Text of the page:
What is CAN bus?
Controller Area Network (CAN) bus is a standard in the automotive industry that was designed to make communication between microcontrollers possible, and serves as a control system for modern vehicles and industrial automation. This also allows for monitoring a range of on-board diagnostics (via the OBD-II port) including reporting on events such as engine failure or airbag deployment.
The CAN bus protocol was developed by Robert Bosch in 1983, and officially released by the Society of Automotive Engineers (SAE) in 1986, with the first CAN controller chips produced by Intel in 1987.
There are several versions of the CAN specification with the most recent being CAN 2.0, which has two parts. Part A is the standard format with an 11-bit identifier (CAN 2.0A), and part B has a 29-bit identifier (CAN 2.0B). The CAN standard ISO 11898 was reorganised in 1993 into ISO 11898-1 (covering the data link layer) and ISO 11898-2 which deals with the CAN physical layer for high-speed CAN.
Low-speed CAN (fault-tolerant) is covered by ISO 11898-3.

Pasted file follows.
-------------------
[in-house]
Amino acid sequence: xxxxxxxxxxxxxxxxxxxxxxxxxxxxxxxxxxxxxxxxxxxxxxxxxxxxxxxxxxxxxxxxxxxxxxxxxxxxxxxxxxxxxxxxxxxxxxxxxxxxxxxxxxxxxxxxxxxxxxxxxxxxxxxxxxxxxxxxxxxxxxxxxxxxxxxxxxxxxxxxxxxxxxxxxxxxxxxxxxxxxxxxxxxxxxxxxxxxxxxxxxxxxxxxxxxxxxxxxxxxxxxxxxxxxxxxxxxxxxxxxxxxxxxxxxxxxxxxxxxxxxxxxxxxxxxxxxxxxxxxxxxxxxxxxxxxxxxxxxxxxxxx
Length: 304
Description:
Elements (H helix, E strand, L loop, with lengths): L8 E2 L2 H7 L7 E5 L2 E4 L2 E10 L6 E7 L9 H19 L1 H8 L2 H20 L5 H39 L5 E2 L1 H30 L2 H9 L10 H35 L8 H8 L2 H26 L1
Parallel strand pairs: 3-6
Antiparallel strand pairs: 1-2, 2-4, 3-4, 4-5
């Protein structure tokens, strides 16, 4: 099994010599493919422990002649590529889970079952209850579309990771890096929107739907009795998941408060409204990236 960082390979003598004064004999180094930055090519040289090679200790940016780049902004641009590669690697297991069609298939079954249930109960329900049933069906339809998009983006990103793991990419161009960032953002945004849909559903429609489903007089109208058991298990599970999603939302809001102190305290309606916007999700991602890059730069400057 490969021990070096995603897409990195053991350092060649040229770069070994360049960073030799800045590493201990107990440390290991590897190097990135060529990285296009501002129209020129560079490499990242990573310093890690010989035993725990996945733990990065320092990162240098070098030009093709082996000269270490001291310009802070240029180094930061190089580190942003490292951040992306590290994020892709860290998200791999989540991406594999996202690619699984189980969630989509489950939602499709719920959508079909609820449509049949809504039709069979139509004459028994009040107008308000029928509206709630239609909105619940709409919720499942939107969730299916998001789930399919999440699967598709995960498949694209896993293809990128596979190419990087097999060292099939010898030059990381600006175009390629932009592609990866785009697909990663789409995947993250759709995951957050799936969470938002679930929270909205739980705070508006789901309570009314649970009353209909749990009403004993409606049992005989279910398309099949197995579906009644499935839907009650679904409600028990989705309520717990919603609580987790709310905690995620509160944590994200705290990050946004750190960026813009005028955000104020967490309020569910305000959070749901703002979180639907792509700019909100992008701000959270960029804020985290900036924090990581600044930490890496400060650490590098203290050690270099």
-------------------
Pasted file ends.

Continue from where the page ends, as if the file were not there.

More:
The CAN standards continue to be developed with CAN FD 1.0 (CAN with Flexible Data-Rate) released in 2012. The different CAN frame format allows for different data length code and switching to a faster bit rate (often measured in mbit or kbit) after the arbitration is decided.
The CAN bus system is used in on-board diagnostics (OBD) for sending CAN data to an external system such as a telematics solution.
Modern vehicles can have around 70 Electronic Control Units (ECUs) to control different functionality within the car or truck, using the CAN bus network for data transmission and coordinating different systems. ECUs, also known as CAN nodes, can communicate externally with the use of ethernet or USB connectors.
All ECU modules (or CAN nodes) are connected via a twisted pair two-wire bus (120 ohms resistor) and communicate in logic bits. This is either a dominant (higher priority) bit or recessive (lower priority).
All CAN nodes are regulated by arbitration that ensures all are synchronised to sample the same bit at the same time.
The maximum speed (or bandwidth) of the CAN bus, according to the international standard, is 1MB/s (or 1000 bytes of data per second). This bitrate (or variable R) is the number of bits that are conveyed or processed per unit of time, and decrease as the network distance increases.
The CAN bus standard provides an effective, universal standard for complex automotive control systems and industrial automation, as well as a reliable method for vehicles that use CAN bus to transmit data to external systems, improving the monitoring, management and maintenance of these assets.